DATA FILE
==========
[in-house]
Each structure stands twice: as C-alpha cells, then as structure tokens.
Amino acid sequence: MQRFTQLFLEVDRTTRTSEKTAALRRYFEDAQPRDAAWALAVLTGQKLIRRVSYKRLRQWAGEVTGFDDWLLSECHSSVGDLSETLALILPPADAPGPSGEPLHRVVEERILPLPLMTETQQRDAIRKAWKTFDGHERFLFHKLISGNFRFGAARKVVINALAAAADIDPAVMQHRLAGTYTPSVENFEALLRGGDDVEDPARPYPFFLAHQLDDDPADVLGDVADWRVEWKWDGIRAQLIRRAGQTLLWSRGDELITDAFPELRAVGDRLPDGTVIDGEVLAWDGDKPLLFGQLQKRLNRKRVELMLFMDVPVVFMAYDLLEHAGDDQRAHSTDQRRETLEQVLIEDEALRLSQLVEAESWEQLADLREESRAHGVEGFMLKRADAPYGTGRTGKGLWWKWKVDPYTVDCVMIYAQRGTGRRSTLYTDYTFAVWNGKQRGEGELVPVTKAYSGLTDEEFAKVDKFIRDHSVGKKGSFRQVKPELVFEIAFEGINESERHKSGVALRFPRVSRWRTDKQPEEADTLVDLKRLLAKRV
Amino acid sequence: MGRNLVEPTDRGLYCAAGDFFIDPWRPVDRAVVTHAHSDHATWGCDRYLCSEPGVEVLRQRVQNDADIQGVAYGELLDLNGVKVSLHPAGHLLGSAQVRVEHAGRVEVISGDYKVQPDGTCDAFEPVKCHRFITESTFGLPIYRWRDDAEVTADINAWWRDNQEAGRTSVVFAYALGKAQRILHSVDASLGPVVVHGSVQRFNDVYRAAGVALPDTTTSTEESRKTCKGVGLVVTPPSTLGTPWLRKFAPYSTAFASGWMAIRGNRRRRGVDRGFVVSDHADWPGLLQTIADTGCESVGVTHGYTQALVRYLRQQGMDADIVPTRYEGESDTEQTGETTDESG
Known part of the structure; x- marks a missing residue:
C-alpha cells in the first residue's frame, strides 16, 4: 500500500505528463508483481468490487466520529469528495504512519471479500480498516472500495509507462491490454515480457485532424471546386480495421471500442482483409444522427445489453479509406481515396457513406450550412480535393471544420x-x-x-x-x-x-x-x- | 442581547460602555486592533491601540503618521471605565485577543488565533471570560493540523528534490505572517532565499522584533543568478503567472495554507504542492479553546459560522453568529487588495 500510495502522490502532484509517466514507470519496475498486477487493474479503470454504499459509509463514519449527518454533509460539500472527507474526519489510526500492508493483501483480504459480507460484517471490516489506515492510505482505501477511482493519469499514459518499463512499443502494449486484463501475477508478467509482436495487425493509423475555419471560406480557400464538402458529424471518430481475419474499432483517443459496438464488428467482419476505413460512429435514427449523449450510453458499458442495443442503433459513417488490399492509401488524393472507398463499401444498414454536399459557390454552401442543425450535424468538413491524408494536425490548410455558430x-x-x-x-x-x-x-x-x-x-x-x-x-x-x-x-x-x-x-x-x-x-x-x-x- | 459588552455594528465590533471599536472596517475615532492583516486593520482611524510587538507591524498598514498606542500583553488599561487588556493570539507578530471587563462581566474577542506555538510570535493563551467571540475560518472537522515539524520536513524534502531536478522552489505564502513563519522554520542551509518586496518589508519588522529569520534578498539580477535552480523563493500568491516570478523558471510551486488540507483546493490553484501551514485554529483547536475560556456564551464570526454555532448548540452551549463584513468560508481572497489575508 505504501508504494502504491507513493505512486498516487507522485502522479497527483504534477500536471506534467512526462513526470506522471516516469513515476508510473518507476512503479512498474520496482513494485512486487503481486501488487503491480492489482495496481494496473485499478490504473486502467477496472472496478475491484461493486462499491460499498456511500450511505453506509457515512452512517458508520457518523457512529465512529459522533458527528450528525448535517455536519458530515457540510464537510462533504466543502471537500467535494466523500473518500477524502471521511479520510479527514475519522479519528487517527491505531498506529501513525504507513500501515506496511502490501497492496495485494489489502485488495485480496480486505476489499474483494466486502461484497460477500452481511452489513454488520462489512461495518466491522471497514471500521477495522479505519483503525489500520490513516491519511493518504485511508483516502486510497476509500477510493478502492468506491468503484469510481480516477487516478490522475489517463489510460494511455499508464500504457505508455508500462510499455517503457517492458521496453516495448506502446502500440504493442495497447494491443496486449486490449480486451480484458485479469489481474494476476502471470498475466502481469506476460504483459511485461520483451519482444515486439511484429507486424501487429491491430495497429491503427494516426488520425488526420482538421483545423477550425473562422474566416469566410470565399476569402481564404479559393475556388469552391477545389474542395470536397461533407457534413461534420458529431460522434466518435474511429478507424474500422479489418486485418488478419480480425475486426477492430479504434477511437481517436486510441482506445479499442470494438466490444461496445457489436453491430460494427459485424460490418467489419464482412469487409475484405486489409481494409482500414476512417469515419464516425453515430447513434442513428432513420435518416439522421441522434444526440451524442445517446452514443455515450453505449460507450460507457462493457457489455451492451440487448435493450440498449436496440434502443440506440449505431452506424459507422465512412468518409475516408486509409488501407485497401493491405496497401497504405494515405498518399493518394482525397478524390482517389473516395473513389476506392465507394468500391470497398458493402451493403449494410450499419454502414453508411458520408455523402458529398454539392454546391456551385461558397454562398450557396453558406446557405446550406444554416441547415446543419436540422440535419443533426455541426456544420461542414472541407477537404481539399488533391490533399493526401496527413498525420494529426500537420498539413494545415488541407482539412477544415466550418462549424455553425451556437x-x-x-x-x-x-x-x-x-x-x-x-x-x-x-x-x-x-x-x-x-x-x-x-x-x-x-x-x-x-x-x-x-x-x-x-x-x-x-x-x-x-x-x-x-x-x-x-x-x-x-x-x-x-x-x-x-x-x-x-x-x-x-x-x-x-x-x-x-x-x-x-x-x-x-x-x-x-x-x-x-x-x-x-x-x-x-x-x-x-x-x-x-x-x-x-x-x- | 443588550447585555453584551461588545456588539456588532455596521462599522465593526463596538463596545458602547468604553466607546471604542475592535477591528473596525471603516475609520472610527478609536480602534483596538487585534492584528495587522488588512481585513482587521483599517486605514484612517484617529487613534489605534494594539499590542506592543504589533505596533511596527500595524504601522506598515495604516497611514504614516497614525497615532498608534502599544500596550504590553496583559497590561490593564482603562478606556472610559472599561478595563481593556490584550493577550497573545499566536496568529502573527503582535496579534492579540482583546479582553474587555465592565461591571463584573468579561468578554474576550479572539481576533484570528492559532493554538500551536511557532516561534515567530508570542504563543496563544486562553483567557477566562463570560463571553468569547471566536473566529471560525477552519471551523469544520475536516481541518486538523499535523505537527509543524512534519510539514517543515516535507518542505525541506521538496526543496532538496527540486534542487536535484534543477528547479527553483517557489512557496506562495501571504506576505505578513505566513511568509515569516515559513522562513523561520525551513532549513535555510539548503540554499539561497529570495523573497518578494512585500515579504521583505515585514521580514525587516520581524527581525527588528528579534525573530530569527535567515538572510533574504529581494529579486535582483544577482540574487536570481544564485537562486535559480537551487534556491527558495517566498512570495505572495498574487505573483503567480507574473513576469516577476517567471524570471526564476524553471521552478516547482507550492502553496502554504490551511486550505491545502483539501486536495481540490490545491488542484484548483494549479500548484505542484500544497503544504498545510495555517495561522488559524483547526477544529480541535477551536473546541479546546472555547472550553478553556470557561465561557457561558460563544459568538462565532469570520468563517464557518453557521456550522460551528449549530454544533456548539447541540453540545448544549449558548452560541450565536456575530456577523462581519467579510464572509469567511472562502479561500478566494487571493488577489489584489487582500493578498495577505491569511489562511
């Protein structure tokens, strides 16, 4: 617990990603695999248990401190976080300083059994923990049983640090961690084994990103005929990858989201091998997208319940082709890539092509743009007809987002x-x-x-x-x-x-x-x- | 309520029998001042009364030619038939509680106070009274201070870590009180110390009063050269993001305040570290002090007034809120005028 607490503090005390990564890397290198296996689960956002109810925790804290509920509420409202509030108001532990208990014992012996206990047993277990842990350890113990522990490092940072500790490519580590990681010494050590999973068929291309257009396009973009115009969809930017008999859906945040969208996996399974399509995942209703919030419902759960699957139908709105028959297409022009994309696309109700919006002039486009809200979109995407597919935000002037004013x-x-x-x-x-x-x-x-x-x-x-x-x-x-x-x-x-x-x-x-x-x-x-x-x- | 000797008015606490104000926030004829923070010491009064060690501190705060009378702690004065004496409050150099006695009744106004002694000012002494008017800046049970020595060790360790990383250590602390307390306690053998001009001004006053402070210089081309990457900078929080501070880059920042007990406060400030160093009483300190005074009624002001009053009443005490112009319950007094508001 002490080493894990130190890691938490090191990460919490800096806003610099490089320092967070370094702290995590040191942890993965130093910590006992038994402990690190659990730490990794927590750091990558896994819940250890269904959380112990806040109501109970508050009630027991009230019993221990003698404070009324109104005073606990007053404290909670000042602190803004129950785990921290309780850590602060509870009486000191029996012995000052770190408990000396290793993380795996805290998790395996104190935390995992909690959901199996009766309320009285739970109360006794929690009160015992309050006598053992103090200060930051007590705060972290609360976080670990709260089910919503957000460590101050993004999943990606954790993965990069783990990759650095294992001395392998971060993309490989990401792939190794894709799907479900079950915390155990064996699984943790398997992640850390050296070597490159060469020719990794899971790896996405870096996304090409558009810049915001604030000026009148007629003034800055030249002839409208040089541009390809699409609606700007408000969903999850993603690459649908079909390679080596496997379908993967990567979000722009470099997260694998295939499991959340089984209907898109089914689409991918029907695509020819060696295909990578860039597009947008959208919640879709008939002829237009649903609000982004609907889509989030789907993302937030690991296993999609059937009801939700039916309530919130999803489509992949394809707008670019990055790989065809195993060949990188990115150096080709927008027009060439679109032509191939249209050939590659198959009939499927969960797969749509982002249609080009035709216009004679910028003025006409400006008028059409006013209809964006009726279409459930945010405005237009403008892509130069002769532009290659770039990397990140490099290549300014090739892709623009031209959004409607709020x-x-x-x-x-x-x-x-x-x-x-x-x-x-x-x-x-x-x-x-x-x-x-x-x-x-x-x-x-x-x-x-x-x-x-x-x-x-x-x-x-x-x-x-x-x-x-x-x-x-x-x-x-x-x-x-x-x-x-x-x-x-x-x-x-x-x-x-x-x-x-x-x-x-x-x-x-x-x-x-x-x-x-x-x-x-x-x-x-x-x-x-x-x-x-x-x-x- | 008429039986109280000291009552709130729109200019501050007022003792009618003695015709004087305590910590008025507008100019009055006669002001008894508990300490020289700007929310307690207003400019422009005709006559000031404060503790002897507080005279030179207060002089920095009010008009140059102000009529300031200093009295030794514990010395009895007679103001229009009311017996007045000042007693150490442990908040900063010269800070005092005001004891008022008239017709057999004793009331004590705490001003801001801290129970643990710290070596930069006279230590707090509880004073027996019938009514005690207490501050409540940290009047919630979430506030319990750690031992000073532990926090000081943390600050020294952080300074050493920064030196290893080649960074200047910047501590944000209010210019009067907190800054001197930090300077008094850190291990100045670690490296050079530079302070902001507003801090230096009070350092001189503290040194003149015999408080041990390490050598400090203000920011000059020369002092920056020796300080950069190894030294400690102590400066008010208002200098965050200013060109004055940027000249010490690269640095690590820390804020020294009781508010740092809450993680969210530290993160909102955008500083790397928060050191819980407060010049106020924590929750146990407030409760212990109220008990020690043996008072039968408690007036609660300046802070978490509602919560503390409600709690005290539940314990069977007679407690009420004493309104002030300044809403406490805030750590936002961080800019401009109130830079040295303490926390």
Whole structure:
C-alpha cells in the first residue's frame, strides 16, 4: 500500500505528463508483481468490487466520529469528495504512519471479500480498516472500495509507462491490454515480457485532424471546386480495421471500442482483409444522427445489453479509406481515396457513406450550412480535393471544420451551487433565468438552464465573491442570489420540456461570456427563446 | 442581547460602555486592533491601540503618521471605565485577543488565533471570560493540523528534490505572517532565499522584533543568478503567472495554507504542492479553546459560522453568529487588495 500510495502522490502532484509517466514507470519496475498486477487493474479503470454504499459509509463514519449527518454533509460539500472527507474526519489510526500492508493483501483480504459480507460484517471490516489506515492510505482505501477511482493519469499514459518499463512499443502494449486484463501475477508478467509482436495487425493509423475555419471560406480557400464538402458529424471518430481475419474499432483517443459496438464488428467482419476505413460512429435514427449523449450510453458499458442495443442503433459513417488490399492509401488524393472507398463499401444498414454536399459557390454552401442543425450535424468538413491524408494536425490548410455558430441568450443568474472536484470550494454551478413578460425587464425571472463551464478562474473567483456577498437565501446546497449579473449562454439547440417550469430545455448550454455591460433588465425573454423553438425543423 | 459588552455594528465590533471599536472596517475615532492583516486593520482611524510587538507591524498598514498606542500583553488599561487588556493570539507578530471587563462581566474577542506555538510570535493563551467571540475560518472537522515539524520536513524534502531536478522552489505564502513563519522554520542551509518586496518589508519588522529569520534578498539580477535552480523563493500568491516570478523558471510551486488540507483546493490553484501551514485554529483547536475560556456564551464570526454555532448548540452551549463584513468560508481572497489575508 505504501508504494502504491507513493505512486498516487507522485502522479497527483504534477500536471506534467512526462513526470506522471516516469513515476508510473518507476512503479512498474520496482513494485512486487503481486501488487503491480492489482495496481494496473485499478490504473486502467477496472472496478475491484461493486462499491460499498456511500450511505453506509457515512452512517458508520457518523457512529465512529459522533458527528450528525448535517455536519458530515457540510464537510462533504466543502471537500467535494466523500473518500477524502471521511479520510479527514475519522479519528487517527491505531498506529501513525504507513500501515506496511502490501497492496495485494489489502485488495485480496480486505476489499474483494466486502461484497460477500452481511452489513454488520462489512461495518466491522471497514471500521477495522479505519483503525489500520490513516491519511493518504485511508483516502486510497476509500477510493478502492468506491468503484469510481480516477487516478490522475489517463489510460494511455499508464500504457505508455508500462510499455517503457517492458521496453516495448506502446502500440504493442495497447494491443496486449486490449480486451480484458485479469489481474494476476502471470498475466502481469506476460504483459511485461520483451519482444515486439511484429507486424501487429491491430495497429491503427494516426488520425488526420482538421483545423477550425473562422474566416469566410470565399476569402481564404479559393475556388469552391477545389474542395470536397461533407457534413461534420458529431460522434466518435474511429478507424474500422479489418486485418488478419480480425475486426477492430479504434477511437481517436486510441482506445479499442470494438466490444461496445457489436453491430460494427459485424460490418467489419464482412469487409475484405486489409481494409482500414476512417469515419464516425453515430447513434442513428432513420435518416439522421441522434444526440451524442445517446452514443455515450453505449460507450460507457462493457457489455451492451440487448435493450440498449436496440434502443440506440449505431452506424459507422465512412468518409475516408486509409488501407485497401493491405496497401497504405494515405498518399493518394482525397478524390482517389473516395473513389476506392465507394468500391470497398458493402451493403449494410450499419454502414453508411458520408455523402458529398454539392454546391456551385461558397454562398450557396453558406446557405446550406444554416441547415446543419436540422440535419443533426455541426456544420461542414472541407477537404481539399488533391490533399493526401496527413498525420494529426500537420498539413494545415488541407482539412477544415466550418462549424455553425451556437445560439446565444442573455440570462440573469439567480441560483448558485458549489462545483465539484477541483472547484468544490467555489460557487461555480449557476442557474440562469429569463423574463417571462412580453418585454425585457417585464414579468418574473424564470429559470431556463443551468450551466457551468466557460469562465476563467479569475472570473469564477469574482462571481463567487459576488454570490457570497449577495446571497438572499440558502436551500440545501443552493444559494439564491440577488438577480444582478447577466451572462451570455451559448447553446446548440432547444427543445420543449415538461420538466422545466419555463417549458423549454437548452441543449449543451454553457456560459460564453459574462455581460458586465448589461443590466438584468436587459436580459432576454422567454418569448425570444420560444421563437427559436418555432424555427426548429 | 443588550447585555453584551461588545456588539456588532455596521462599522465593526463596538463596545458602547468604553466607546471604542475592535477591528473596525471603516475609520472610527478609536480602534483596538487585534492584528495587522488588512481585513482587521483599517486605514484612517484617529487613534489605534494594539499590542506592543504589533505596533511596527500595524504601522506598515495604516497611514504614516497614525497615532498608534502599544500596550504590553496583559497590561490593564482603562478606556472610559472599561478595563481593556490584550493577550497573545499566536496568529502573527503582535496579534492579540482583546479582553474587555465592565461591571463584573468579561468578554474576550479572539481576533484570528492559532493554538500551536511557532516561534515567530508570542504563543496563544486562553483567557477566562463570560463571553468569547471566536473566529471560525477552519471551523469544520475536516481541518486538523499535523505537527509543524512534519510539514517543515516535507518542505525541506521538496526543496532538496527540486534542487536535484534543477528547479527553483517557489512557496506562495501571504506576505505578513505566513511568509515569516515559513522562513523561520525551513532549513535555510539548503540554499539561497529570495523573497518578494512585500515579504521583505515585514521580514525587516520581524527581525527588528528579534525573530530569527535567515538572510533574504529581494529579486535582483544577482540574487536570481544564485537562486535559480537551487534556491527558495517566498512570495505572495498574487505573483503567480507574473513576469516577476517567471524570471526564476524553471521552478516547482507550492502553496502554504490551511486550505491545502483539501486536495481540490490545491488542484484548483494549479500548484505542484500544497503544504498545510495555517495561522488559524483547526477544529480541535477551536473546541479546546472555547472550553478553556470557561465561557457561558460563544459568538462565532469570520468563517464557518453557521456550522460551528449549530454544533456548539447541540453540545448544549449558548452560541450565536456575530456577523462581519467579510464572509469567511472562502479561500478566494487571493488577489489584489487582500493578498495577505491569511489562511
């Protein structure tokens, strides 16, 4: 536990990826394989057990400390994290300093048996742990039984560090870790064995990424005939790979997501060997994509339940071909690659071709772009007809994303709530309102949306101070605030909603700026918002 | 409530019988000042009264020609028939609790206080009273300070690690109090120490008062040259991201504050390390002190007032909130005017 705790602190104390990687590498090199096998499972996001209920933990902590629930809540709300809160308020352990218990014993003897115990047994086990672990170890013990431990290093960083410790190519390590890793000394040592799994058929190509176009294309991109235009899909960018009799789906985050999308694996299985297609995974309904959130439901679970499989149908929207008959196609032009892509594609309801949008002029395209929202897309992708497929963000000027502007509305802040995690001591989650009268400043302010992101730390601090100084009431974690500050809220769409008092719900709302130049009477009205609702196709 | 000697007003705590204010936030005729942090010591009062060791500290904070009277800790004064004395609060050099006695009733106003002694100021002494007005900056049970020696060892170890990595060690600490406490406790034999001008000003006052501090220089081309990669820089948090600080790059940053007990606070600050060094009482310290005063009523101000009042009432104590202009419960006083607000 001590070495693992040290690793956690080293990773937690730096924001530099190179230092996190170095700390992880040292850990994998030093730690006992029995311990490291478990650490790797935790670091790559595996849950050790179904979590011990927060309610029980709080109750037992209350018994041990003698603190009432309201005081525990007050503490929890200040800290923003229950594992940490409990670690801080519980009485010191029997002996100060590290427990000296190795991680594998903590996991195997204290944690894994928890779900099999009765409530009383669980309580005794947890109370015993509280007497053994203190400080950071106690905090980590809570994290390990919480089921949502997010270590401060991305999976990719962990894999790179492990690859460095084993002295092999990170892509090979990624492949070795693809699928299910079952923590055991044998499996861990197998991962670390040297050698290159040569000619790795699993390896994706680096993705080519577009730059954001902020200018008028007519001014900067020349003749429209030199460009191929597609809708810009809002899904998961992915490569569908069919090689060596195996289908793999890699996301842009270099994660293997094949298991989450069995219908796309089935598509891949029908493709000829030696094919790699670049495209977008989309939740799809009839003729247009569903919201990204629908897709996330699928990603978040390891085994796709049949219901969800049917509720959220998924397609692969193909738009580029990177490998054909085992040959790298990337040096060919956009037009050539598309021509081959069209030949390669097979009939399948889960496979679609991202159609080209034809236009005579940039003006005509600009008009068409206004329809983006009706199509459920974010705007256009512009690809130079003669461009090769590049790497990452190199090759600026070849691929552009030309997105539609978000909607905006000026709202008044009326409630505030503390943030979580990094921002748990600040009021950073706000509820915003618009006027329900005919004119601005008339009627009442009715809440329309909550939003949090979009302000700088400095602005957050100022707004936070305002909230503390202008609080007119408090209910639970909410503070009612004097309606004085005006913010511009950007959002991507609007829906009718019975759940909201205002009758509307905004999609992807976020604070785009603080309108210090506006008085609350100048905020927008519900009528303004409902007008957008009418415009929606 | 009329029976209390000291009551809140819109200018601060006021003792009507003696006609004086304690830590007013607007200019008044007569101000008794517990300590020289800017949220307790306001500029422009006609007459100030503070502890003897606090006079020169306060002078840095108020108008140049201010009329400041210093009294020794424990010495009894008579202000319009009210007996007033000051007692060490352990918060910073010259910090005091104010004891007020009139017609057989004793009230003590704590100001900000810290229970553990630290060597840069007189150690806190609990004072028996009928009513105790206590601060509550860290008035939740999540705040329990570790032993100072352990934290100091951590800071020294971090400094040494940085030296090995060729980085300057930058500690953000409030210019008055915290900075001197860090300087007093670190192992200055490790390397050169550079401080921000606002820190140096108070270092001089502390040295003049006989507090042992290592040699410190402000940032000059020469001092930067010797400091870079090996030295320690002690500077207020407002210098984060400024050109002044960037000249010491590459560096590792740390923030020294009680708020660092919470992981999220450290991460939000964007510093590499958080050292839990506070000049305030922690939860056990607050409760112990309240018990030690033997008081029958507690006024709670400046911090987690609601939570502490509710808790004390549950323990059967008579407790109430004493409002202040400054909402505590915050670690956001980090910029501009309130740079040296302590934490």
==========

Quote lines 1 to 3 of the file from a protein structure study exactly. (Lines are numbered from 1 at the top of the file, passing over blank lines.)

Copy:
[in-house]
Each structure stands twice: as C-alpha cells, then as structure tokens.
Amino acid sequence: MQRFTQLFLEVDRTTRTSEKTAALRRYFEDAQPRDAAWALAVLTGQKLIRRVSYKRLRQWAGEVTGFDDWLLSECHSSVGDLSETLALILPPADAPGPSGEPLHRVVEERILPLPLMTETQQRDAIRKAWKTFDGHERFLFHKLISGNFRFGAARKVVINALAAAADIDPAVMQHRLAGTYTPSVENFEALLRGGDDVEDPARPYPFFLAHQLDDDPADVLGDVADWRVEWKWDGIRAQLIRRAGQTLLWSRGDELITDAFPELRAVGDRLPDGTVIDGEVLAWDGDKPLLFGQLQKRLNRKRVELMLFMDVPVVFMAYDLLEHAGDDQRAHSTDQRRETLEQVLIEDEALRLSQLVEAESWEQLADLREESRAHGVEGFMLKRADAPYGTGRTGKGLWWKWKVDPYTVDCVMIYAQRGTGRRSTLYTDYTFAVWNGKQRGEGELVPVTKAYSGLTDEEFAKVDKFIRDHSVGKKGSFRQVKPELVFEIAFEGINESERHKSGVALRFPRVSRWRTDKQPEEADTLVDLKRLLAKRV